Besides, to get loans, they have to pass an evaluation by banks where they need to show records of an operational business for at least one year.
“But many of them need money to start a business. So, they cannot use these opportunities,” Nazneen added.
The government can allocate a separate fund for new entrepreneurs -- to spend on training, logistical support, legal counselling and on disbursing loans -- without any guarantee of repayment, said Priti Chakraborty, director of Federation of Bangladesh Chambers of Commerce and Industry.
“More women would then start businesses. Even if they face initial hiccups, they would help generate employment,” she added.
For overseas employment, the government signed an agreement with Saudi Arabia in 2015 to send women to work as housemaids. Until October this year, over 2.3 lakh women have gone to Saudi Arabia for work.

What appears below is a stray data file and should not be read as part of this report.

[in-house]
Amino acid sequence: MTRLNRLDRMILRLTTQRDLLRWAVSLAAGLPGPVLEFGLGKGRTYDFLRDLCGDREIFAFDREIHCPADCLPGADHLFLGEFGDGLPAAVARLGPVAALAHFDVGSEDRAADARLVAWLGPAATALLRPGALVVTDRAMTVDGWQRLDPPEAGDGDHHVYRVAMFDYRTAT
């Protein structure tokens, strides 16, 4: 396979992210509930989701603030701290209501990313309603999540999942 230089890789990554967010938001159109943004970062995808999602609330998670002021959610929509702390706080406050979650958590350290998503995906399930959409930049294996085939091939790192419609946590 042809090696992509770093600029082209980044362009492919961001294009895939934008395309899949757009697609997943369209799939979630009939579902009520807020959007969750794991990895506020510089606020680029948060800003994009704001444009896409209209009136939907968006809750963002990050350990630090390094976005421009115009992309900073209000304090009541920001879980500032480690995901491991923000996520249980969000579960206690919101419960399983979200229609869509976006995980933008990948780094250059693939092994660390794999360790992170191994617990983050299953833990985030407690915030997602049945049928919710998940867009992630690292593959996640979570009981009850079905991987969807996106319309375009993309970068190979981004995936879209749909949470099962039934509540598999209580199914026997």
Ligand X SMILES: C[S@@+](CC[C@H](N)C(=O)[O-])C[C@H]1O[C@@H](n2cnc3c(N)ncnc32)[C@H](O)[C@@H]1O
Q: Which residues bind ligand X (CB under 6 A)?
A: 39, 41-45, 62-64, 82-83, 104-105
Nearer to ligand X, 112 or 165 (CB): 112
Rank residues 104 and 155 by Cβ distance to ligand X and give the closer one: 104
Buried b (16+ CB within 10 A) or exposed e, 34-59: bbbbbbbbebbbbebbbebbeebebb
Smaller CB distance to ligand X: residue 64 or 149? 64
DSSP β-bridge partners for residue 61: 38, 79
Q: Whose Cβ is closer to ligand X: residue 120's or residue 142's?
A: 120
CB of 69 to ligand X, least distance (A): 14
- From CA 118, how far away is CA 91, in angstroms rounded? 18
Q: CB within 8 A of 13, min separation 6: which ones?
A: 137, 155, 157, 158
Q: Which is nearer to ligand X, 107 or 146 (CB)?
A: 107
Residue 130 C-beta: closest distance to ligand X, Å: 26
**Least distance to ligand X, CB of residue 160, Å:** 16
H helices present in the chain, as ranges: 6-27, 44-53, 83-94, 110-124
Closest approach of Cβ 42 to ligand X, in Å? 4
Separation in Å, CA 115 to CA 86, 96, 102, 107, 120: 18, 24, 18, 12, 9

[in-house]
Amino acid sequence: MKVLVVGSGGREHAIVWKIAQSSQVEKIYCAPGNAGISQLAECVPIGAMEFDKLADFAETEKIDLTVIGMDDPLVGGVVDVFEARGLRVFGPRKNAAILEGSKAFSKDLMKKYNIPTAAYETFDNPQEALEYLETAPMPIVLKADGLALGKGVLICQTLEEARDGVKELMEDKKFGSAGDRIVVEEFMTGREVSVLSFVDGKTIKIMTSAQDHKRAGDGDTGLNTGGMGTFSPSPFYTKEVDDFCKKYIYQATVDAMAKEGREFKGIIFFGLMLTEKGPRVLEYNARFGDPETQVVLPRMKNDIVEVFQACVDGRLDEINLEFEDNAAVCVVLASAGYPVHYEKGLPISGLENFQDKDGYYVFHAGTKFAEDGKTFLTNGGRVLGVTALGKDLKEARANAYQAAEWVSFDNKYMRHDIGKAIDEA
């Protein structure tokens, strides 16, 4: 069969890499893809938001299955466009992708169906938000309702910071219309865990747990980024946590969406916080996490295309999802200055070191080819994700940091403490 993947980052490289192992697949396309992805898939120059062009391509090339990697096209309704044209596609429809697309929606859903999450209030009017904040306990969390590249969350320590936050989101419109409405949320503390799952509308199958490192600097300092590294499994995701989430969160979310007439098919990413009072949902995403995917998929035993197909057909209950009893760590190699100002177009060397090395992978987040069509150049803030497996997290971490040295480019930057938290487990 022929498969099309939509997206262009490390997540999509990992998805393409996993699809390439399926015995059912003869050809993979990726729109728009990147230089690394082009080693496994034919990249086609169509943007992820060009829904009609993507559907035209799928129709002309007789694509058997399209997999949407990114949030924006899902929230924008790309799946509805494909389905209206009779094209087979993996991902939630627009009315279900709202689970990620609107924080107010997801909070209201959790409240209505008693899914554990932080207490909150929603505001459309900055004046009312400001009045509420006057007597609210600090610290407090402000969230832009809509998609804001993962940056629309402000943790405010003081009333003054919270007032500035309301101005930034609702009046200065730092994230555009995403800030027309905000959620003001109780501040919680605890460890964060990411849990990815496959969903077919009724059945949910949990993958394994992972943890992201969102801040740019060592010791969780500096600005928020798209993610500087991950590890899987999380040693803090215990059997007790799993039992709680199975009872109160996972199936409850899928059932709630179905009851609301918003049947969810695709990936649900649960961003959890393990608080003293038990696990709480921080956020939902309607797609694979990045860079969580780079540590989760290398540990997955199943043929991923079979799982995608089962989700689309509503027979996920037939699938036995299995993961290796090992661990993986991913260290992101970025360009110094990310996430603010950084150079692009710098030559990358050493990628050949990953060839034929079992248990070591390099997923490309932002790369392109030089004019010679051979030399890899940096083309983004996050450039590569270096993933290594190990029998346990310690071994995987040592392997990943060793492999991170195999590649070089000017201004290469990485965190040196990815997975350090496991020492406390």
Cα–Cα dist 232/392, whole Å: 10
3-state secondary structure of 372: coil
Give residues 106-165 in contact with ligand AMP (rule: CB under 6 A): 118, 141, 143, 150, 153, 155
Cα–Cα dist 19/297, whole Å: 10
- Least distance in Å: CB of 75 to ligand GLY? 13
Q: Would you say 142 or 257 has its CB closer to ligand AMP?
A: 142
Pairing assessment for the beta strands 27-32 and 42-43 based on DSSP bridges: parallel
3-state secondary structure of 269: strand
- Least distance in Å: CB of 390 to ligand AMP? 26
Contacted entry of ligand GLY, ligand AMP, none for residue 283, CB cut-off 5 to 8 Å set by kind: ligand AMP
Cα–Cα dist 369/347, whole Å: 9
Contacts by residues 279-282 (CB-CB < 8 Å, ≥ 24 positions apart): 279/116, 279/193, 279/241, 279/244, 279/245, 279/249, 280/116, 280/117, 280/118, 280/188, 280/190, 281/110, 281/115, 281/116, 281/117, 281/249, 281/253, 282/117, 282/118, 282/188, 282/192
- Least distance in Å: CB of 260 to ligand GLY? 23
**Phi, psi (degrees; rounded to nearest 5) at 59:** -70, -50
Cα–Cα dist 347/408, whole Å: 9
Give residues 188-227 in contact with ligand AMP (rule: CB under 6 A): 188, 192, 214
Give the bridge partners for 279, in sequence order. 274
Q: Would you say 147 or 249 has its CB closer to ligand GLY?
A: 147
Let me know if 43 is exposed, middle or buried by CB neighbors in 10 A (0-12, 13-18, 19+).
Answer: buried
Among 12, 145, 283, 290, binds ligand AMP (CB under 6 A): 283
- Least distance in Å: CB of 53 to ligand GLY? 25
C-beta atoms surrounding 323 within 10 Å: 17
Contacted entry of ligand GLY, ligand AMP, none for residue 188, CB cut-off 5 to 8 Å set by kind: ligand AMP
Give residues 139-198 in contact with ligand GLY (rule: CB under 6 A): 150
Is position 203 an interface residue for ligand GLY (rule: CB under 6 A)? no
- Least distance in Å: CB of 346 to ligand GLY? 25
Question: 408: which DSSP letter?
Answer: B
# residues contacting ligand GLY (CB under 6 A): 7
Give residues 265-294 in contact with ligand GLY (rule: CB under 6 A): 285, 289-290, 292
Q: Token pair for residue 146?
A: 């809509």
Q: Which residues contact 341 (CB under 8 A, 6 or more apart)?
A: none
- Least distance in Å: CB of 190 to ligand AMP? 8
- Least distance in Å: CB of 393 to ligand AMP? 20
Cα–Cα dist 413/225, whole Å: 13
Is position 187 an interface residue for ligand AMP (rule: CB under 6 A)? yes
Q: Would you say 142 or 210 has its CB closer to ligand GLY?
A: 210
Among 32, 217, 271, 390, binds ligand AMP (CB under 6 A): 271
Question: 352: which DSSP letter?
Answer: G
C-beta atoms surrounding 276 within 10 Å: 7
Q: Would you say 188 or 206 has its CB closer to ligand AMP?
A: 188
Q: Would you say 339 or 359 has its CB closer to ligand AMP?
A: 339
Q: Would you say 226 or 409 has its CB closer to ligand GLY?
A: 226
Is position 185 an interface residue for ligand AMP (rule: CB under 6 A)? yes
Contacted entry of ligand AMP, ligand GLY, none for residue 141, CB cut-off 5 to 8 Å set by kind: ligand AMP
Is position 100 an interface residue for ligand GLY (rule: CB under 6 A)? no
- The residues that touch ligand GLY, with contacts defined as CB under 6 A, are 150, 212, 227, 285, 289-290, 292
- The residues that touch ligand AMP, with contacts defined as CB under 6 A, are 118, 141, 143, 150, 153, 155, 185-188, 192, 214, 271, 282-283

However, 7,000 of them returned after being tortured, injured, raped and at least five impregnated, said Brac's Head of Migration Programme, Shariful Islam.
Women jobseekers must go through screening and training so that they can go for skilled employment where they would get higher pay, respect and legal protection.
“The percentage of returnees may seem negligible but there is no survey on the wellbeing of female migrant workers there. Lack of remedy for those who return traumatised, with broken limbs, or impregnated is troubling,” Shariful added.
Women have had opportunities to receive training but experts say those were not enough.